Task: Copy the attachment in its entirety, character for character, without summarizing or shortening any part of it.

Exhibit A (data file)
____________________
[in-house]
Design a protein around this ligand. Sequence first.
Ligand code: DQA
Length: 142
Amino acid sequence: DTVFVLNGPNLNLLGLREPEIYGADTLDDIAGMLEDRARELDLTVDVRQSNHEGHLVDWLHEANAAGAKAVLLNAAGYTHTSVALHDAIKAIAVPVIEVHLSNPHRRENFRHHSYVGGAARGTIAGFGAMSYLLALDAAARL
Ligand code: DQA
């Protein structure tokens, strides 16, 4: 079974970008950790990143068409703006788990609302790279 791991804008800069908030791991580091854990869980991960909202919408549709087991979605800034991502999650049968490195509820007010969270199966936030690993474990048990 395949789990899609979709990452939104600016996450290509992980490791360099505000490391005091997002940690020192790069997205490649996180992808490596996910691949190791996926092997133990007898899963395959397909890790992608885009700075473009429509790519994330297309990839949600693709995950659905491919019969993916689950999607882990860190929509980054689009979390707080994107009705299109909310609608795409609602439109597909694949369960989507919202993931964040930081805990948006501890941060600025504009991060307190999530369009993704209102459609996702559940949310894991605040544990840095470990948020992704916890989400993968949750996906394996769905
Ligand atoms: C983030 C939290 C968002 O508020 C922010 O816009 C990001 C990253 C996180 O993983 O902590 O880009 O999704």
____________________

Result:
[in-house]
Design a protein around this ligand. Sequence first.
Ligand code: DQA
Length: 142
Amino acid sequence: DTVFVLNGPNLNLLGLREPEIYGADTLDDIAGMLEDRARELDLTVDVRQSNHEGHLVDWLHEANAAGAKAVLLNAAGYTHTSVALHDAIKAIAVPVIEVHLSNPHRRENFRHHSYVGGAARGTIAGFGAMSYLLALDAAARL
Ligand code: DQA
């Protein structure tokens, strides 16, 4: 079974970008950790990143068409703006788990609302790279 791991804008800069908030791991580091854990869980991960909202919408549709087991979605800034991502999650049968490195509820007010969270199966936030690993474990048990 395949789990899609979709990452939104600016996450290509992980490791360099505000490391005091997002940690020192790069997205490649996180992808490596996910691949190791996926092997133990007898899963395959397909890790992608885009700075473009429509790519994330297309990839949600693709995950659905491919019969993916689950999607882990860190929509980054689009979390707080994107009705299109909310609608795409609602439109597909694949369960989507919202993931964040930081805990948006501890941060600025504009991060307190999530369009993704209102459609996702559940949310894991605040544990840095470990948020992704916890989400993968949750996906394996769905
Ligand atoms: C983030 C939290 C968002 O508020 C922010 O816009 C990001 C990253 C996180 O993983 O902590 O880009 O999704």